Challenger Turns the Heat on Gregory, Current Administration

By Steven Tavares

David Anderson has been quiet in his run to unseat San Leandro Councilman Michael Gregory, until he made a run at the incumbent’s record last Thursday night.

Gregory, who represents District 1, has run on his record from the past four years. His term also coincides with a period of declining revenues and steep cuts to city employees and services. Anderson, who previously served on the Oakland school board before moving to San Leandro, says the city’s actions during the past few years has been slow and obstinate. “He has been there four years,” Anderson said of Gregory’s time on the council. “San Leandro has been moving at snail’s pace.”

Anderson had pointed words for the city’s decision to build the still-empty senior center near San Leandro Hospital. “It is appalling to build a $15 million senior center without a budget to run it,” he said. “There’s no way it should have been built and not staffed.” Afterwards, he told The Citizen, while walking precincts he has heard a constant refrain from residents saying the city has turned a “deaf ear” to their problems.

In response, Gregory said after the conclusion of the second candidates forum at the Marina Community Center, “I don’t understand what he’s talking about.” Gregory pointed to the construction of the new Kaiser building and the city’s noted Transit-Oriented Development strategy as proof San Leandro is moving forward despite a nagging economy. “We are positioned well in the Bay Area to attract businesses,” Gregory said of the city and believes it can do a better job of branding itself as a center of green technology in the future.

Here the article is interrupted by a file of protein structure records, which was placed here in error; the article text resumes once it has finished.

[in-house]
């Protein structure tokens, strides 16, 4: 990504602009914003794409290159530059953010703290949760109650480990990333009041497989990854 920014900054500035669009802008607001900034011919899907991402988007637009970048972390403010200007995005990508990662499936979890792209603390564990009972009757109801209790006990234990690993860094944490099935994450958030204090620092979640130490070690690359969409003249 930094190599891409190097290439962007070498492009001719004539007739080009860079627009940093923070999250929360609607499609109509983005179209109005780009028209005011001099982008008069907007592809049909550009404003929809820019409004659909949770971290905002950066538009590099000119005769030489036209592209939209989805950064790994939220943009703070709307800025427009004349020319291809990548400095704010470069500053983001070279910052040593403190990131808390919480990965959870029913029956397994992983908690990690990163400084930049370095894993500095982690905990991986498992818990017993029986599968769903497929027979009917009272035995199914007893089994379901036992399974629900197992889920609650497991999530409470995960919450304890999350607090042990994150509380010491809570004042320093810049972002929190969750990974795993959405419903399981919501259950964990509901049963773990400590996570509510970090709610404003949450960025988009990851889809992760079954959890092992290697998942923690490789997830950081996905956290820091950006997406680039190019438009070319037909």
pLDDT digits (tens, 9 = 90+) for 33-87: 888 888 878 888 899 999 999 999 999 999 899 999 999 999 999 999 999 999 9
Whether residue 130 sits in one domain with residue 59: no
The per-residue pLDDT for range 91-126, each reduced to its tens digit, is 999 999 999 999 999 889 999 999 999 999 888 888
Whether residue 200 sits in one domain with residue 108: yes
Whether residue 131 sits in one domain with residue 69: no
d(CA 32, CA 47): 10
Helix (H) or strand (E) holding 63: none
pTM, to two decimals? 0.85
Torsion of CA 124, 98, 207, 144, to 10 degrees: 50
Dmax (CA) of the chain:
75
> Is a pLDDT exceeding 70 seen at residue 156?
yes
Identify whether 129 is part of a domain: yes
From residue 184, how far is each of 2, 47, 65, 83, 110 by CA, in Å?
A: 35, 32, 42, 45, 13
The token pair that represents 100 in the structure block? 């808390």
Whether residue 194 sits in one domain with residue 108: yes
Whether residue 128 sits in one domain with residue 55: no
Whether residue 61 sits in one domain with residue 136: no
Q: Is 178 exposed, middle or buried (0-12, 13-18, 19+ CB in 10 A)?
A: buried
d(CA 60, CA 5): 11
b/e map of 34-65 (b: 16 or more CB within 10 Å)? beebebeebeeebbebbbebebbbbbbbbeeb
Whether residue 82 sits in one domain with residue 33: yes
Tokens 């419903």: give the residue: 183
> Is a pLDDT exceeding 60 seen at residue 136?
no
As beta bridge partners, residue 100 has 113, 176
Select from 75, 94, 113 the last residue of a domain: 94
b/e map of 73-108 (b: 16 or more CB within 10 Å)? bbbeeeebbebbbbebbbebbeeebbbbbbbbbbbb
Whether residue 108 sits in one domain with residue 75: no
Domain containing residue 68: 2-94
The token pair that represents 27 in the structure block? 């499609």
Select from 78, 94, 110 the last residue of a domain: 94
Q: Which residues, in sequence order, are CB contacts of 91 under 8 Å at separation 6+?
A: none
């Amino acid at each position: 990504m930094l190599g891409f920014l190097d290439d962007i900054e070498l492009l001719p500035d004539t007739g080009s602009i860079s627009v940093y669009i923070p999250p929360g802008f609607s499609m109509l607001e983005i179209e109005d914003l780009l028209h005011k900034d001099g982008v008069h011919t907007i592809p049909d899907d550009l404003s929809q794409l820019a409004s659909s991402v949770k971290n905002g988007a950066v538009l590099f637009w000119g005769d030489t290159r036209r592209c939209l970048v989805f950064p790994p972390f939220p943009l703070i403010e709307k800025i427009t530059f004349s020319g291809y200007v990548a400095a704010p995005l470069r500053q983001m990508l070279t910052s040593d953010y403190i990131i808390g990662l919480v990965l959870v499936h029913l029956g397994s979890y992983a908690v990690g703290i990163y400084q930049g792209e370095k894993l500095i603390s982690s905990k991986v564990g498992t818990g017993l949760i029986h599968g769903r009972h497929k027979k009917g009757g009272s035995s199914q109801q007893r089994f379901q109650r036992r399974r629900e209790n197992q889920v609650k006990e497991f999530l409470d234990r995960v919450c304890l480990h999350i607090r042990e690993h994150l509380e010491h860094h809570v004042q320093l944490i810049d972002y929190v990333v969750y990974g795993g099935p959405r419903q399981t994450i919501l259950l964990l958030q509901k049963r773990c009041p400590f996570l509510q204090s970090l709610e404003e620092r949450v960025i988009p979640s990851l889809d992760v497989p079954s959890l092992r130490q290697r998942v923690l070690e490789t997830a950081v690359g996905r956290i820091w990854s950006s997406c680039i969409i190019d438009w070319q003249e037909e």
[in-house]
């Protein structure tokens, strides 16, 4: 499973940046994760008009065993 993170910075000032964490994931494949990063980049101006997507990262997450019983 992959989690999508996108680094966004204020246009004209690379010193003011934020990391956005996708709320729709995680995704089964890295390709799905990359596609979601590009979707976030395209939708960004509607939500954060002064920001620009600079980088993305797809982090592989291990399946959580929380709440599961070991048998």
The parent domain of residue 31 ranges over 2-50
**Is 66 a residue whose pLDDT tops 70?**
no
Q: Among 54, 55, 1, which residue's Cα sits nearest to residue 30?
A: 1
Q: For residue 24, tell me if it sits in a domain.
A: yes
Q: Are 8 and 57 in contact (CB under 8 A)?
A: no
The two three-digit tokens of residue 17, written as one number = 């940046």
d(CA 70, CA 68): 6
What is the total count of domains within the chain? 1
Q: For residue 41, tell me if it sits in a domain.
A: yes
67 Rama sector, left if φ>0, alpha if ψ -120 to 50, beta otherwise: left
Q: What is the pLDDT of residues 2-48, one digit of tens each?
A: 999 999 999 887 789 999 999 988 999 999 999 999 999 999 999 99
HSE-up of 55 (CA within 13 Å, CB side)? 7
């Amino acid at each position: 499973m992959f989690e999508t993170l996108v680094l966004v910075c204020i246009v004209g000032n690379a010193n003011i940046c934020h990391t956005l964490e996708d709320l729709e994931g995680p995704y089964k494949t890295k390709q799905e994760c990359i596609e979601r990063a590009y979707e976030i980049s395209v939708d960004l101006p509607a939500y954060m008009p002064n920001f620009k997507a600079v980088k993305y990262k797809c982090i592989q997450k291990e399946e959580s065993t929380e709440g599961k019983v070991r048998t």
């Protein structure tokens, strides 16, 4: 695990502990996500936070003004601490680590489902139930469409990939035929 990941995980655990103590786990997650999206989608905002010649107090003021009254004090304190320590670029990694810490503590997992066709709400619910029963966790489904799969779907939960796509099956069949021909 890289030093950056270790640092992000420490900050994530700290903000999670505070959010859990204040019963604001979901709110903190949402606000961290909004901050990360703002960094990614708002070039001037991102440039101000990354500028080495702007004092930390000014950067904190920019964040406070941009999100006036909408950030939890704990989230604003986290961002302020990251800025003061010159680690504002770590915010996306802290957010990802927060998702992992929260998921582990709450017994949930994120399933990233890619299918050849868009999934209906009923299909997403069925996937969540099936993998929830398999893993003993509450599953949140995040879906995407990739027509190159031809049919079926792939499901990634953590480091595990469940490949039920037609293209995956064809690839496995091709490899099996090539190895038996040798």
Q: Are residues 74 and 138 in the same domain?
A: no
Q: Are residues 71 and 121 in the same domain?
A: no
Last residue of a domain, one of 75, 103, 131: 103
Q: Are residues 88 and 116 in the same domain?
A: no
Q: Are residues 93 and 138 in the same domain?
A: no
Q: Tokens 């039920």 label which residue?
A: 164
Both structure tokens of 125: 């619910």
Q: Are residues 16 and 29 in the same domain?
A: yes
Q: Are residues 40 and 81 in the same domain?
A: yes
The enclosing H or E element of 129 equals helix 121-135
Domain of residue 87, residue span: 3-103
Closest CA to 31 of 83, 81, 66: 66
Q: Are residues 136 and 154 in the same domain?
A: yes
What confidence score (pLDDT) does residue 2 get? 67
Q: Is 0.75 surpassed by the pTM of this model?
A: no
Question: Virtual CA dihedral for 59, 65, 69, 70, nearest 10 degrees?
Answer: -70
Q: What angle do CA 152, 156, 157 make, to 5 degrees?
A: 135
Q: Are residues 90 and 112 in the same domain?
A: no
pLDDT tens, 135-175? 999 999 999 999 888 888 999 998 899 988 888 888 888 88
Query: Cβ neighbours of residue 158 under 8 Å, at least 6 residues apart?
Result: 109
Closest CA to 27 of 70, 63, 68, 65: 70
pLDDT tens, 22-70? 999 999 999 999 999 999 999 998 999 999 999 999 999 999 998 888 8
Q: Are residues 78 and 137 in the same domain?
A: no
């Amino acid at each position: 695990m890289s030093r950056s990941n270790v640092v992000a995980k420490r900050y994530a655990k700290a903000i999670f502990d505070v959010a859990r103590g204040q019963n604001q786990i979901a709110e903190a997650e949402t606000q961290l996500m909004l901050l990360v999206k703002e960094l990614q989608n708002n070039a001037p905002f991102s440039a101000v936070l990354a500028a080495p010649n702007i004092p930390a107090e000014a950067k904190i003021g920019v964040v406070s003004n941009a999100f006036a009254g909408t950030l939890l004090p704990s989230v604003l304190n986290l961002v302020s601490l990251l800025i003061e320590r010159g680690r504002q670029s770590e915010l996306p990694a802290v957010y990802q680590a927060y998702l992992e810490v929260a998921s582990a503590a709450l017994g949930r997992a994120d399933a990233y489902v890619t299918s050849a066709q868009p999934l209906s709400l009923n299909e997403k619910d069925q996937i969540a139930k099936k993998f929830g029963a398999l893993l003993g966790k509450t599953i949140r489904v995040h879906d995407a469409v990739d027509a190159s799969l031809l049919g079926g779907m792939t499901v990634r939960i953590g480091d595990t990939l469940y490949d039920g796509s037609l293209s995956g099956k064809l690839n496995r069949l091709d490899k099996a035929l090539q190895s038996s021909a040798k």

On the topic of the city’s proposed sales tax increase on the November ballot, all four candidates for the two open seats voiced support, although some views were tepid, including Anderson and current school board trustee Pauline Cutter, who called it a “short-term solution.” San Leandro businesswoman Corina Lopez, who is Cutter’s opponent for Councilman Bill Stephens’ termed-out seat in District 5, warned if Measure Z is not passed next month the city risks losing more police and services like popular recreation spots and libraries.

Lopez also sternly refuted the idea the quarter-cent sales tax increase would deter residents from making big ticket purchases at the city’s automobile dealers on Marina Boulevard. According to Lopez, any foray made by a San Leandro resident to purchase, say a car, in another city would still pay the proposed 10 percent sales tax.